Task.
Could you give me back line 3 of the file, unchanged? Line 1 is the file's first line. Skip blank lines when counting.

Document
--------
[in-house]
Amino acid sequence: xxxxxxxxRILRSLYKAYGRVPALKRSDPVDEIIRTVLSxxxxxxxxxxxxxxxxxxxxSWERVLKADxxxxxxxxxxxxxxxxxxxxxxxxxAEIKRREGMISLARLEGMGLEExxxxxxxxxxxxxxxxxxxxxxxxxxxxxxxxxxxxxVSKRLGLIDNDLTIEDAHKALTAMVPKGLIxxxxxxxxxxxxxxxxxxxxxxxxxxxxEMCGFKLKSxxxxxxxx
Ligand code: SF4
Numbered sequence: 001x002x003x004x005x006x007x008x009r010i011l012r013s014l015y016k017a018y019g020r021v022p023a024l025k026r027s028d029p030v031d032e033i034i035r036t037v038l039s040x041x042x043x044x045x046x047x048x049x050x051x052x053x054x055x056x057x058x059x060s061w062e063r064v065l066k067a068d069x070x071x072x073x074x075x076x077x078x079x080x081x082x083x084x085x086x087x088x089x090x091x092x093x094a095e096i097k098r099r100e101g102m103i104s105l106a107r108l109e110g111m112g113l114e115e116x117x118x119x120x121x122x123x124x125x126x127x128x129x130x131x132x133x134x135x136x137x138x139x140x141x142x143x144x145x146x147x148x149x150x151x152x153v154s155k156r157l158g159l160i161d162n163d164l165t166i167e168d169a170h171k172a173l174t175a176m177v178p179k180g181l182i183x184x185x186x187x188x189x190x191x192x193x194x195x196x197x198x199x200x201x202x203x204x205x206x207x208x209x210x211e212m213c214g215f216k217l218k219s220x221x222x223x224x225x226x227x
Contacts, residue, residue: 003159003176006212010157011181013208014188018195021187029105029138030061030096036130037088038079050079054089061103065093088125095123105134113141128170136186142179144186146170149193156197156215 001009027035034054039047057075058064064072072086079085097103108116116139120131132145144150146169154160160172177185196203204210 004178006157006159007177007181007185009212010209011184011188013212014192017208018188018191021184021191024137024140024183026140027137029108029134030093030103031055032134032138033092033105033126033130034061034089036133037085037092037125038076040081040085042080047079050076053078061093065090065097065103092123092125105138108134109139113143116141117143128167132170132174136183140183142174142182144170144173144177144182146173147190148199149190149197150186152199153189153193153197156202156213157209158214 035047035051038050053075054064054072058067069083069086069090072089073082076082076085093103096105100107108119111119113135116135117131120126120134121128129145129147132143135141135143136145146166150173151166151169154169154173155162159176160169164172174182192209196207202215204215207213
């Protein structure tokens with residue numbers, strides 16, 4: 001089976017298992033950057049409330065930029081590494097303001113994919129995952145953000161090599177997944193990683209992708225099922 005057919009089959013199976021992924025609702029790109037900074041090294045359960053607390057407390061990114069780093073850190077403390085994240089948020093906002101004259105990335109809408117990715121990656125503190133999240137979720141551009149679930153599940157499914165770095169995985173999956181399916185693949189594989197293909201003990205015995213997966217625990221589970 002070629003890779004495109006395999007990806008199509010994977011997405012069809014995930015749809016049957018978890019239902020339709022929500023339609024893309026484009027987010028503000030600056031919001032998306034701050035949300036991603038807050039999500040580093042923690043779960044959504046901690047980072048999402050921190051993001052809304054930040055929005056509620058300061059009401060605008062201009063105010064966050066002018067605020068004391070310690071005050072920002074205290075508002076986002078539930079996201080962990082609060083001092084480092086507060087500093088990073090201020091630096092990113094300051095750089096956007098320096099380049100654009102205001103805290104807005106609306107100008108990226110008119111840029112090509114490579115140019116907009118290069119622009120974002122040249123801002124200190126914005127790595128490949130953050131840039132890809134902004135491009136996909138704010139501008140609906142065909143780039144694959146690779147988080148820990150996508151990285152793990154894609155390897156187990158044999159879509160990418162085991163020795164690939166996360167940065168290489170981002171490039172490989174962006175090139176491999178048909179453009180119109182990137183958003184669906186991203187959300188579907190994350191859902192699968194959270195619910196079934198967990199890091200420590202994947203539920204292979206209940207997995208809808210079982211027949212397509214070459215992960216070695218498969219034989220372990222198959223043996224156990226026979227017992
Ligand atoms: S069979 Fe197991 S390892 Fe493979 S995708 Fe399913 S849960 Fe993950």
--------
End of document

Ligand code: SF4